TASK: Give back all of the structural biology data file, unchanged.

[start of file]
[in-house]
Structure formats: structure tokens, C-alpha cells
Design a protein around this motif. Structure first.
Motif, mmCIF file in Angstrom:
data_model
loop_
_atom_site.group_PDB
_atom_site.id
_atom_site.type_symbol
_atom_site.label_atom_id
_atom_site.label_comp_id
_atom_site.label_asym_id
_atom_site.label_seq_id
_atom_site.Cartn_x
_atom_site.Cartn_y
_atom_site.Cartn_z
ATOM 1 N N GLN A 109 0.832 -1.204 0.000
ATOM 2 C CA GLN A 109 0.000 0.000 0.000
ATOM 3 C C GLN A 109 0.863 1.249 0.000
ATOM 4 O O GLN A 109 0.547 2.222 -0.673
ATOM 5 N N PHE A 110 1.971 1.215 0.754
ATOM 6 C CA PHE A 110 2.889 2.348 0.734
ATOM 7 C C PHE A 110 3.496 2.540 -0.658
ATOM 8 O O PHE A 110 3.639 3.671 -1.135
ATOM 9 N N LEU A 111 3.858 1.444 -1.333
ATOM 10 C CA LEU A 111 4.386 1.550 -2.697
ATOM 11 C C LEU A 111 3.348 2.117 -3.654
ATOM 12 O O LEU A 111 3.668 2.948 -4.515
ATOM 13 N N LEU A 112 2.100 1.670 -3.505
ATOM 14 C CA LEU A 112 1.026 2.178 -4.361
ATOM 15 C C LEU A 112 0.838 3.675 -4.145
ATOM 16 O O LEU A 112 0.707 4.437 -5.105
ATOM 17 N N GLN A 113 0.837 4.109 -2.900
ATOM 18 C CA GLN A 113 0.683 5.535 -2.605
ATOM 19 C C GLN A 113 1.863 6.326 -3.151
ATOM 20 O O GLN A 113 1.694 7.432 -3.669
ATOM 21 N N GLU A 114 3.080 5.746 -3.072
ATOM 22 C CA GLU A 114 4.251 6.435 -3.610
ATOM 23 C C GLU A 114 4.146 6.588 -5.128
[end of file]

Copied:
[in-house]
Structure formats: structure tokens, C-alpha cells
Design a protein around this motif. Structure first.
Motif, mmCIF file in Angstrom:
data_model
loop_
_atom_site.group_PDB
_atom_site.id
_atom_site.type_symbol
_atom_site.label_atom_id
_atom_site.label_comp_id
_atom_site.label_asym_id
_atom_site.label_seq_id
_atom_site.Cartn_x
_atom_site.Cartn_y
_atom_site.Cartn_z
ATOM 1 N N GLN A 109 0.832 -1.204 0.000
ATOM 2 C CA GLN A 109 0.000 0.000 0.000
ATOM 3 C C GLN A 109 0.863 1.249 0.000
ATOM 4 O O GLN A 109 0.547 2.222 -0.673
ATOM 5 N N PHE A 110 1.971 1.215 0.754
ATOM 6 C CA PHE A 110 2.889 2.348 0.734
ATOM 7 C C PHE A 110 3.496 2.540 -0.658
ATOM 8 O O PHE A 110 3.639 3.671 -1.135
ATOM 9 N N LEU A 111 3.858 1.444 -1.333
ATOM 10 C CA LEU A 111 4.386 1.550 -2.697
ATOM 11 C C LEU A 111 3.348 2.117 -3.654
ATOM 12 O O LEU A 111 3.668 2.948 -4.515
ATOM 13 N N LEU A 112 2.100 1.670 -3.505
ATOM 14 C CA LEU A 112 1.026 2.178 -4.361
ATOM 15 C C LEU A 112 0.838 3.675 -4.145
ATOM 16 O O LEU A 112 0.707 4.437 -5.105
ATOM 17 N N GLN A 113 0.837 4.109 -2.900
ATOM 18 C CA GLN A 113 0.683 5.535 -2.605
ATOM 19 C C GLN A 113 1.863 6.326 -3.151
ATOM 20 O O GLN A 113 1.694 7.432 -3.669
ATOM 21 N N GLU A 114 3.080 5.746 -3.072
ATOM 22 C CA GLU A 114 4.251 6.435 -3.610
ATOM 23 C C GLU A 114 4.146 6.588 -5.128